Parchment’s DNA tells 700-year-old sheep tale

Sewn repair in Archbishop's Register 7 Greenfield, 1306-1311. (By permission of The Borthwick Institute for Archives)

Millions of ancient documents offer clues about how agriculture in the British Isles developed over the last 700 years. But the crucial information isn’t in the texts. It’s in the parchment they’re written on.

By extracting ancient DNA and protein from tiny samples of parchment from documents from the late 17th and late 18th centuries, researchers were able to determine what kind of animals were used to make the parchments.

Parchment indenture from Vicars Choral Estates CC. V/C 10 York/Wal. 2, 15th April 1742. View larger. (By permission of The Borthwick Institute for Archives)

The discovery, published in Philosophical Transactions of the Royal Society B, shows that parchment could be a potentially unrivaled way to study the development of livestock husbandry across the centuries.

Parchment has a number of properties that make it compelling material for DNA extraction and analysis, researchers say. Because parchments are made from the skins of domestic animals, particularly livestock, their manufacture results in robust artifacts which can survive intact for many centuries.

Unlike bone remains, of which only a small percentage have been excavated, parchments are above ground, archived, and in the case of legal documents, directly related to specific dates—a level of resolution largely unachievable with any other historic DNA source. Even undated documents can be dated paleographically to a resolution better and more cheaply than radiocarbon dating.

Parchment history

For the new study, researchers extracted collagen (protein) from two tiny (2x2cm) samples of parchment provided by the University of York’s Borthwick Institute for Archives. Scientists at Trinity College extracted DNA from the same parchment samples.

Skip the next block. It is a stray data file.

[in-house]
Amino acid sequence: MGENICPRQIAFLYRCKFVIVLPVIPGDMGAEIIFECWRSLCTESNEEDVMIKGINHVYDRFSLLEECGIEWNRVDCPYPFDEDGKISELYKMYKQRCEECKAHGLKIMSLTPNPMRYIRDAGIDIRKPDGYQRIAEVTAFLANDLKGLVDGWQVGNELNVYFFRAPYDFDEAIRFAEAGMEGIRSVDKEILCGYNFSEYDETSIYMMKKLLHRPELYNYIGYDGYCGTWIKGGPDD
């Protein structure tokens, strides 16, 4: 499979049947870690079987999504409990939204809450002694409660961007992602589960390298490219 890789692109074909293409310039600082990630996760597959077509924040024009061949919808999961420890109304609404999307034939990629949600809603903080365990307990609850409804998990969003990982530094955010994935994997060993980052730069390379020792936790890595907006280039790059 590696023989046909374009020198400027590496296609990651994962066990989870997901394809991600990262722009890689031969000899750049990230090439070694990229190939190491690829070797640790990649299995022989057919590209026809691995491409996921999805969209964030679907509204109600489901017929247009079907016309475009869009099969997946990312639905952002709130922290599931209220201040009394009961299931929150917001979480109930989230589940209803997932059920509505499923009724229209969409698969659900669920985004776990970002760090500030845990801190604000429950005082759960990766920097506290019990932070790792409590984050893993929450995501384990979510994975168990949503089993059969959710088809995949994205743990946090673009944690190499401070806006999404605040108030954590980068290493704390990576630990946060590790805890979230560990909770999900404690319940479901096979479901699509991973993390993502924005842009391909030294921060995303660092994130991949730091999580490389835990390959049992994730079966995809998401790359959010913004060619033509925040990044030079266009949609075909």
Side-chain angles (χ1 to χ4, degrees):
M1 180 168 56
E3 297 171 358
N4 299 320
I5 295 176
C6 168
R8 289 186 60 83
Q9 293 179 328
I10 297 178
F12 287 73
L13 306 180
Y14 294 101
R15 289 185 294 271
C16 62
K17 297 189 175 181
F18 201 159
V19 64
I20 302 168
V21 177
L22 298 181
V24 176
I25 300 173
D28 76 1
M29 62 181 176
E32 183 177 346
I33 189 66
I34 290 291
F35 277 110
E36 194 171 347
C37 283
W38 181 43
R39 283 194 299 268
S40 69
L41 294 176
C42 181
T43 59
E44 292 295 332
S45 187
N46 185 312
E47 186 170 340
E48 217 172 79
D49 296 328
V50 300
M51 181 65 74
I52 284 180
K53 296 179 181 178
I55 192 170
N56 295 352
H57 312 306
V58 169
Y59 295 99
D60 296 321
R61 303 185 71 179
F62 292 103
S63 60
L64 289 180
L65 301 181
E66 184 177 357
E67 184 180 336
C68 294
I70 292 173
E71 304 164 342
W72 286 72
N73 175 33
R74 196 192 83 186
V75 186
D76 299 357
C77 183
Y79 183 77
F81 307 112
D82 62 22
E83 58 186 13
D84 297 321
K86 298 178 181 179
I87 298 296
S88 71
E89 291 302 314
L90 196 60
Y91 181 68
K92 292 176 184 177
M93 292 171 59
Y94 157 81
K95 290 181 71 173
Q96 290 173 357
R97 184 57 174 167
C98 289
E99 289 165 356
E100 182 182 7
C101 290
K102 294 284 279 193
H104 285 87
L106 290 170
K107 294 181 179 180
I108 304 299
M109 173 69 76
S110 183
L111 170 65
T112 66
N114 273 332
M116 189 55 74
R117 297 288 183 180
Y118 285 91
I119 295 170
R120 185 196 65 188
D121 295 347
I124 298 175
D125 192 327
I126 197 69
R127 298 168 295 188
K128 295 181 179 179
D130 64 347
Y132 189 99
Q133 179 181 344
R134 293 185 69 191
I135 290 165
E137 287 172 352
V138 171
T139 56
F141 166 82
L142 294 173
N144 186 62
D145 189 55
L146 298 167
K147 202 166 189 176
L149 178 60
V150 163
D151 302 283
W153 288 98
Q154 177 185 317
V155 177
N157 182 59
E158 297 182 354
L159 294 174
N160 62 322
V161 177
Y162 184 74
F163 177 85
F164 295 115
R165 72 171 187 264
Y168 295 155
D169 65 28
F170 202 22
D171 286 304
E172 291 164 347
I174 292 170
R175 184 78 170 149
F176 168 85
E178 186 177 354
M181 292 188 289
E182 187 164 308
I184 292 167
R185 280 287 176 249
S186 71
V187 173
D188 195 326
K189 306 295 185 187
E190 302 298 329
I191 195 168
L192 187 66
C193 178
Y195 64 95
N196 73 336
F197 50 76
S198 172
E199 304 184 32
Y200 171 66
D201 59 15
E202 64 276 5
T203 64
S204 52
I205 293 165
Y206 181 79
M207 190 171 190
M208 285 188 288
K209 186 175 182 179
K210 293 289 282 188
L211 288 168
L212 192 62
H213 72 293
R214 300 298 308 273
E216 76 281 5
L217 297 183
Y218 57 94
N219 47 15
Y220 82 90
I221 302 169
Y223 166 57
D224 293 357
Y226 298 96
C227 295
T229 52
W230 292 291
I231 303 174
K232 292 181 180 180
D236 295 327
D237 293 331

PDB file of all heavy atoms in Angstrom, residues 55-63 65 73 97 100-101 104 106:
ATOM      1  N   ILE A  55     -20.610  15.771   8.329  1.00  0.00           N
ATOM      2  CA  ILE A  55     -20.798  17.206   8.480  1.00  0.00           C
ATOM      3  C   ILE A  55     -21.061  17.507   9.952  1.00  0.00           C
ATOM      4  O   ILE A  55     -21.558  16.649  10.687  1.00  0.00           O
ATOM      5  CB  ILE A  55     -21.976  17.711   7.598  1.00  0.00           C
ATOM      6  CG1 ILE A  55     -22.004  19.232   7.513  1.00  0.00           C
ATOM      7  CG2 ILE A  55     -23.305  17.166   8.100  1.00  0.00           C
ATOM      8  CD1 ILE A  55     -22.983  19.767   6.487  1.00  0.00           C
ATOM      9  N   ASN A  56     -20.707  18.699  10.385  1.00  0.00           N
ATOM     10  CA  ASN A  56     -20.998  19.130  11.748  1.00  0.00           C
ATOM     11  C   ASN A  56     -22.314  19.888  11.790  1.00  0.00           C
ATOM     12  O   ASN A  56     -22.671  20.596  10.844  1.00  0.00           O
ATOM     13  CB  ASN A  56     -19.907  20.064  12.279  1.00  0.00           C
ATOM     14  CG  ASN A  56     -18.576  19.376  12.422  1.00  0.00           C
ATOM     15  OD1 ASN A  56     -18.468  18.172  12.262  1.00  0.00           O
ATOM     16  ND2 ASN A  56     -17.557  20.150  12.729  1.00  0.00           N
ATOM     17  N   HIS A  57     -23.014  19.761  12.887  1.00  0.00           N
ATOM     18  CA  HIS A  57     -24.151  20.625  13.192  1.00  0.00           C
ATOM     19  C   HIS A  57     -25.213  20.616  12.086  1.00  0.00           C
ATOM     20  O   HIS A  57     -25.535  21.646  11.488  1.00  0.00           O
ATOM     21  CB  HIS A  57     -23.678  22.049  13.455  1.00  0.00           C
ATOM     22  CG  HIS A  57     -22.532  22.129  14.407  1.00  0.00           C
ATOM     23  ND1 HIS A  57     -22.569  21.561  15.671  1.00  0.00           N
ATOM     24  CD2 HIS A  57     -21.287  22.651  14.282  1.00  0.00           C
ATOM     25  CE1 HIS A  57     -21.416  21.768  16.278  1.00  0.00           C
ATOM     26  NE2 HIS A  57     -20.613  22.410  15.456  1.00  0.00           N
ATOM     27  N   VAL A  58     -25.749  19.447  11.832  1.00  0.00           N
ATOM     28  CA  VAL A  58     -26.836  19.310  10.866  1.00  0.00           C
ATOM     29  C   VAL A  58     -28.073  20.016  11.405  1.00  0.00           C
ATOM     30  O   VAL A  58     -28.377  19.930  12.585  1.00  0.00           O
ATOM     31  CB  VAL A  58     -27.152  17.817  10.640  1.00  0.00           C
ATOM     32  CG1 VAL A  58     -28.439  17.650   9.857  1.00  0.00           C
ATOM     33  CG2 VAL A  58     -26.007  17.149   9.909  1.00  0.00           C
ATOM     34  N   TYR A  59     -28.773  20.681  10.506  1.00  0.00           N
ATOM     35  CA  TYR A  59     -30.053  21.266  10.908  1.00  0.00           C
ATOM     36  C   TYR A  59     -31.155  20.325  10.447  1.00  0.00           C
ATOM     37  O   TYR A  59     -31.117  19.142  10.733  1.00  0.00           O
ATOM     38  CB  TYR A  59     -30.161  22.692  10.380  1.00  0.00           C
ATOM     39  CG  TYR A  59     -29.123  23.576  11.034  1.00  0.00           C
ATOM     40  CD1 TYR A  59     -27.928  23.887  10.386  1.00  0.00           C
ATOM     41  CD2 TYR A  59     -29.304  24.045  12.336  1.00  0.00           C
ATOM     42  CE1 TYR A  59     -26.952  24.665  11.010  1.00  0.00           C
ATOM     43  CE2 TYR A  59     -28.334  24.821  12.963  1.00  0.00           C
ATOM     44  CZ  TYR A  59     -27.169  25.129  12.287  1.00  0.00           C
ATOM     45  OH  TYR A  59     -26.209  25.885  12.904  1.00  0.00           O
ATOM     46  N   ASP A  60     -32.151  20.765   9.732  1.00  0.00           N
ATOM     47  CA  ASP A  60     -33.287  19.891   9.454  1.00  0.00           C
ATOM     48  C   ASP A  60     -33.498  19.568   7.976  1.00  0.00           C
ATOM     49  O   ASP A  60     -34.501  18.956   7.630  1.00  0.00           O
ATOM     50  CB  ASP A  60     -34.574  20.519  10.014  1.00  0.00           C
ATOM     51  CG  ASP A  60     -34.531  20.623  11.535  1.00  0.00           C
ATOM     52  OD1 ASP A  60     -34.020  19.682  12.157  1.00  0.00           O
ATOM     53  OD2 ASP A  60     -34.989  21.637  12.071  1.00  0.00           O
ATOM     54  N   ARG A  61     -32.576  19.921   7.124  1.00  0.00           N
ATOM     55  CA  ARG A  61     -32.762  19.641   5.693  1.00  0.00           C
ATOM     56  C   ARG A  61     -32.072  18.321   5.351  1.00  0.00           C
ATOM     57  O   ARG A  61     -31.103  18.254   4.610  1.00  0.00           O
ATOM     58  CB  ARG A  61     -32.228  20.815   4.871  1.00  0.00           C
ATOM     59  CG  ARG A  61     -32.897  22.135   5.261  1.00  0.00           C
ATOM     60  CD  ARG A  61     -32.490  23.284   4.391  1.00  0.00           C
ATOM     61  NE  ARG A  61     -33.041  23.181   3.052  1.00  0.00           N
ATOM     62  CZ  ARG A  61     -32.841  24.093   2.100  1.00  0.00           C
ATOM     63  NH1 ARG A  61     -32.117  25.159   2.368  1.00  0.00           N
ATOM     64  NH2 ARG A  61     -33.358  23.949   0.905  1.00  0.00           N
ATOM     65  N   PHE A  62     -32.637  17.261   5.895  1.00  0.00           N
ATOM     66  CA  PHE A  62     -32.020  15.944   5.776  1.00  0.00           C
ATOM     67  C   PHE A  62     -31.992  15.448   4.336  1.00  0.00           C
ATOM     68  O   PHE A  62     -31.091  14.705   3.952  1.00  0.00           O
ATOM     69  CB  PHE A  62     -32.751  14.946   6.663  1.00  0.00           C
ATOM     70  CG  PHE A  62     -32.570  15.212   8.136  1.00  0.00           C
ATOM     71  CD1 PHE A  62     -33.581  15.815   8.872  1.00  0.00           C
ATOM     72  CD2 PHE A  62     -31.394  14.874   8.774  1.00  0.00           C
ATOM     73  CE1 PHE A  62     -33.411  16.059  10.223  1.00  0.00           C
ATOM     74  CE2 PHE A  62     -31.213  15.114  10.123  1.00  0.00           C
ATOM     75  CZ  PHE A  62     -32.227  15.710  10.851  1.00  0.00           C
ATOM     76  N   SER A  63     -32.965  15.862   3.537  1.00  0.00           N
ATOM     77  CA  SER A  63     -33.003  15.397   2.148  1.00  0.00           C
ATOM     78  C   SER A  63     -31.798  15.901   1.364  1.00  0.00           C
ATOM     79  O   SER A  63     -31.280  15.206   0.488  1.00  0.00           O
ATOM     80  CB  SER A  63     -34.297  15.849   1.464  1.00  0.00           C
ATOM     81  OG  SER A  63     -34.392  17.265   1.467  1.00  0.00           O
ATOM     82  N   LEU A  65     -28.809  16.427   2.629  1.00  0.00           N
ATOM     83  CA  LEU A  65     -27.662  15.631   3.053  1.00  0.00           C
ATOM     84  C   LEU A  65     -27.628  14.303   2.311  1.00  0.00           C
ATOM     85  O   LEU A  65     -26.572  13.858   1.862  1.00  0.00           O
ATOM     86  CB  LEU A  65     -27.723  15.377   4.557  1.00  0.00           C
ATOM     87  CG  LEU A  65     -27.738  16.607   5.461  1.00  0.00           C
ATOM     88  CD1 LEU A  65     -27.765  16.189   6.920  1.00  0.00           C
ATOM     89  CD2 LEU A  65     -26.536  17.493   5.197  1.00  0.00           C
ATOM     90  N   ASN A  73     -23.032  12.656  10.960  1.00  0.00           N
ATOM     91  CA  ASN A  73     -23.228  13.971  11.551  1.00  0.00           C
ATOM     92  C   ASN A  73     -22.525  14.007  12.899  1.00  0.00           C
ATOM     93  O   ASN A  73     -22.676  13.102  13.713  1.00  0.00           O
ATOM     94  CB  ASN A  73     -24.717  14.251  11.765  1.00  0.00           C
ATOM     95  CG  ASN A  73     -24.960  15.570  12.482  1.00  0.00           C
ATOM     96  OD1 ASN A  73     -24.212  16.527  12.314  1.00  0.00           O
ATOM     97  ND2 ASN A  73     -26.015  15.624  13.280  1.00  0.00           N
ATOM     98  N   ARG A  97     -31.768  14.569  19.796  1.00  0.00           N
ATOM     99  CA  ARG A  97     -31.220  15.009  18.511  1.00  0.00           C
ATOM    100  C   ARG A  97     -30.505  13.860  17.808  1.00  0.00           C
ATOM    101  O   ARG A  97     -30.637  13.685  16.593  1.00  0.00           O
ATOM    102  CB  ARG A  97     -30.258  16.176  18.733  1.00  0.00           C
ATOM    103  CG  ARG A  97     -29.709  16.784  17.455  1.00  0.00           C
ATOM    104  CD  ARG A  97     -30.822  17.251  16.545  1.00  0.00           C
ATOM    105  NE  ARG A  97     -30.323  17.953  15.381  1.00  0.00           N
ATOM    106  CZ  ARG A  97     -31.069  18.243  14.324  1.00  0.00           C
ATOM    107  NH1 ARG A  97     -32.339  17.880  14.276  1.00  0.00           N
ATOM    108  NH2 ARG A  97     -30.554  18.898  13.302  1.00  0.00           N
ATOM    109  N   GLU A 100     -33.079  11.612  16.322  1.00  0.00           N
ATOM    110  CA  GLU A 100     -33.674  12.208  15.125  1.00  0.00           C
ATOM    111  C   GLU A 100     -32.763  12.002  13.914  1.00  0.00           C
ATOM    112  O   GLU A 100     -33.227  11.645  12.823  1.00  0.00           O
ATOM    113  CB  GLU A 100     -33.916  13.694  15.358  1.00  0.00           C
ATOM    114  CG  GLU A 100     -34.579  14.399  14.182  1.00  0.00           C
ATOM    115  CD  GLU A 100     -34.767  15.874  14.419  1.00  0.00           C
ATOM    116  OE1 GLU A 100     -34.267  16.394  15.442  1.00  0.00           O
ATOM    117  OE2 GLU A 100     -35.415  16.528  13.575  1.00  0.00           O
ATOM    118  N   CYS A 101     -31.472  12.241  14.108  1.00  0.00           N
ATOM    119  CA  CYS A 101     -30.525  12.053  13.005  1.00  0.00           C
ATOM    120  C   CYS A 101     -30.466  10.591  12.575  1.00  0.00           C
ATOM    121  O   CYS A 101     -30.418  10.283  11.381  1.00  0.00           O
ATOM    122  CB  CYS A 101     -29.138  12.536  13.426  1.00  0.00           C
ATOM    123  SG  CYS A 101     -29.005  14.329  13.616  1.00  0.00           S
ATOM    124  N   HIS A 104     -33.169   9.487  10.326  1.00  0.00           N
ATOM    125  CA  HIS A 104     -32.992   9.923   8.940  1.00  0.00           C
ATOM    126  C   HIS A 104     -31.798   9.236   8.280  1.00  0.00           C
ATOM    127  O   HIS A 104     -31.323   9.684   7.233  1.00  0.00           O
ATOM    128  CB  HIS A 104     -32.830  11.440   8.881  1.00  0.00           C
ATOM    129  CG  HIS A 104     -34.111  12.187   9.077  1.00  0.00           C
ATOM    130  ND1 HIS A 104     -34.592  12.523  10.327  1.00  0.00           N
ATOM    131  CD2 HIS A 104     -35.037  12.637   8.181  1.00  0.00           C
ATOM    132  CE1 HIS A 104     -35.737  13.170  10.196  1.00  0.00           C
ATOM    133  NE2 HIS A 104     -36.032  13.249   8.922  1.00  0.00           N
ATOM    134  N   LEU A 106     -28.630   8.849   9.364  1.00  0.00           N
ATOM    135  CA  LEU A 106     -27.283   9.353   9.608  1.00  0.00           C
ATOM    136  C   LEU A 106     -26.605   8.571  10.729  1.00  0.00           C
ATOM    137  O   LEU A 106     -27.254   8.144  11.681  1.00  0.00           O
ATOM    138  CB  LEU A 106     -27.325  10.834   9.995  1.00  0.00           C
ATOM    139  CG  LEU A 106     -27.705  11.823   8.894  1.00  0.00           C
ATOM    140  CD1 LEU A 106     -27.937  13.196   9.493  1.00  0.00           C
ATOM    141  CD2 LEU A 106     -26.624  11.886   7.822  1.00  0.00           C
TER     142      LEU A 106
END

The first sample showed a strong affinity with northern Britain, specifically the region in which current black-faced breeds such as Swaledale, Rough Fell, and Scottish Blackface are common.  The second sample showed a closer affinity with the Midlands and southern Britain where livestock improvements of the later 18th century were most active.

If other parchments show similar levels of endogenous DNA content, resulting DNA sequencing could provide insights into the breeding history of livestock particularly sheep breeding before, during, and after the agricultural improvements of the 18th century that led to the emergence of regional breeds of sheep in Britain.

“We believe the two specimens derive from an unimproved northern hill-sheep typical in Yorkshire in the 17th century, and from a sheep derived from the ‘improved’ flocks, such as those bred in the Midlands by Robert Bakewell,  which were spreading through England in the 18th century,” says Matthew Collins, professor of archaeology at University of York.

“This pilot project suggests that parchments are an amazing resource and there are millions stored away in libraries, archives, solicitors’ offices and private hands. They can give us significant data about the source animal and using them we can learn an enormous amount about the development of agriculture in the British Isles. We want to understand the history of agriculture in these islands over the last 1,000 years and with this breath-taking resource we can.”

“Wool was essentially the oil of times gone by, so knowing how human change affected the genetics of sheep through the ages can tell us a huge amount about how agricultural practices evolved,” says Daniel Bradley, professor of population genetics at Trinity College Dublin.

The European Research Council funded the research.

Source: University of York